Altria - Part 1
This cigarette butt might have one last puff left in it
A couple of weeks ago I mentioned that I had opened a new position in my Portfolio, that new position was Altria, ticker symbol $MO.
Let’s talk about that.
What is Altria?
As per Wikipedia, Altria is:
Altria Group, Inc. (previously known as Philip Morris Companies, Inc.) is an American corporation and one of the world's largest producers and marketers of tobacco, cigarettes and related products. It operates worldwide and is headquartered in unincorporated Henrico County, Virginia, just outside the city of Richmond.
In other words, Altria is an American Tobacco manufacturer which operates worldwide.
That being said, that “worldwide” label is a bit misleading. While it is certainly true that Altria has global business, its core revenue streams come from its tobacco sales in the USA. Specifically in 2008 they split off their international business into “Phillip Morris International”, a separate company who manufactures and sells tobacco everywhere other than the USA.
Altria primarily operates their business in the US and is exposed to the US market in that way, with their international businesses being a sideshow.
Altria is a dividend aristocrat, who has increased their dividend yearly for 51 years.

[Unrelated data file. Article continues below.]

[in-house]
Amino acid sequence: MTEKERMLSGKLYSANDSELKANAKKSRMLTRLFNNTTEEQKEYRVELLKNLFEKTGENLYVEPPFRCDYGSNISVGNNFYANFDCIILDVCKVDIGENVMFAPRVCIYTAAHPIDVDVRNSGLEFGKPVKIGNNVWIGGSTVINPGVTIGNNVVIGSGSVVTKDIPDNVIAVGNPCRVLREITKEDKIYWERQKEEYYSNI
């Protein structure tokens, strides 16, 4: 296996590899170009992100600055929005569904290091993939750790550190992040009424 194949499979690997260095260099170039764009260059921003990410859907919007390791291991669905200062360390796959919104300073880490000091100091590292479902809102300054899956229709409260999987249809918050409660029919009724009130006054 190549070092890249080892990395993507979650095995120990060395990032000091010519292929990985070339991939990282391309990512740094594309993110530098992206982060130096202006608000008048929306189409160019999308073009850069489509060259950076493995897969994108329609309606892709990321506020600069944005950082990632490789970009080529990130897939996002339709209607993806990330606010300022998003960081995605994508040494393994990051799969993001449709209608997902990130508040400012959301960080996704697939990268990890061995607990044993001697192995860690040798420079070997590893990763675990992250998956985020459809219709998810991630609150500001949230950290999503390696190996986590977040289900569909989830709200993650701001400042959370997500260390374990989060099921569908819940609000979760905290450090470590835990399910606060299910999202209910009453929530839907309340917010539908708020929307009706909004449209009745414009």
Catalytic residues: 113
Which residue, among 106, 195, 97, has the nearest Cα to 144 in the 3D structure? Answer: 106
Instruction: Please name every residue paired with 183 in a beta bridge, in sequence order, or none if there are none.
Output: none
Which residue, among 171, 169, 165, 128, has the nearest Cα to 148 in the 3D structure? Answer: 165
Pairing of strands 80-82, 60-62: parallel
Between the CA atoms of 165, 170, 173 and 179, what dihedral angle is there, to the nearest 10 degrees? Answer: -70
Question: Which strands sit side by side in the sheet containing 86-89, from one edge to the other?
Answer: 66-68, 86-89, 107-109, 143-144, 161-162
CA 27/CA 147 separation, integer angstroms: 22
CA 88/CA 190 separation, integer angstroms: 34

Strengths and Weaknesses
Let’s be clear here, Tobacco is an unhealthy, unseemly product that is highly taxed and regulated pretty much everywhere in the world, including the USA.
This naturally impacts the strengths and weaknesses of the company.
Consistently High Operating Margins
High Brand Recognition and customer loyalty
Demonstrated and consistent return of capital to shareholders through dividends and share buybacks
Highly regulated industry imposes barriers to entry to new competitors
High taxation reduces earnings
Non-traditional competitors are disrupting the industry
Few opportunities for growth
Tobacco, much like Alcohol and prostitution is a “sinful industry” for which there is widespread public opposition, with the corresponding political pressure against the industry.
This public pressure has resulted in a reduction of the size of the industry, as well as continuously increasing punitive regulation against the industry.
These trends are not likely to stop anytime soon, and so an investment in Altria is necessarily an investment in a shrinking industry that is out of favor.
That being said, the underlying economics of the industry are still good, and much like Ben Grahams “cigarette butts” there may still be some value in this industry, and in this company in particular.
Let’s have a look at their numbers over the past 10 years:
There’s a lot of data there, so let’s break that down a little bit.
In terms of revenue we can see steadily increasing numbers, though the increases are very slight (roughly 1% per year), and primarily the result of increased prices, since the number of smokers has been declining over the years.
The gross profit too shows a nice upward trend, primarily the result of decreased costs, giving a CAGR of around 3.83%.
In terms of interest expense it’s remained fairly steady over the decade.
There’s 2 interesting entries here though, the ones related to JUUL and Cronos.
These are one off impairment of goodwill charges that severely hurt the net income of the company in these past 2 years. These are non-cash charges, and relate to Altria Cannabis and Vaping subsidiaries and investments. We will talk more about this later in the Story portion of this deep dive.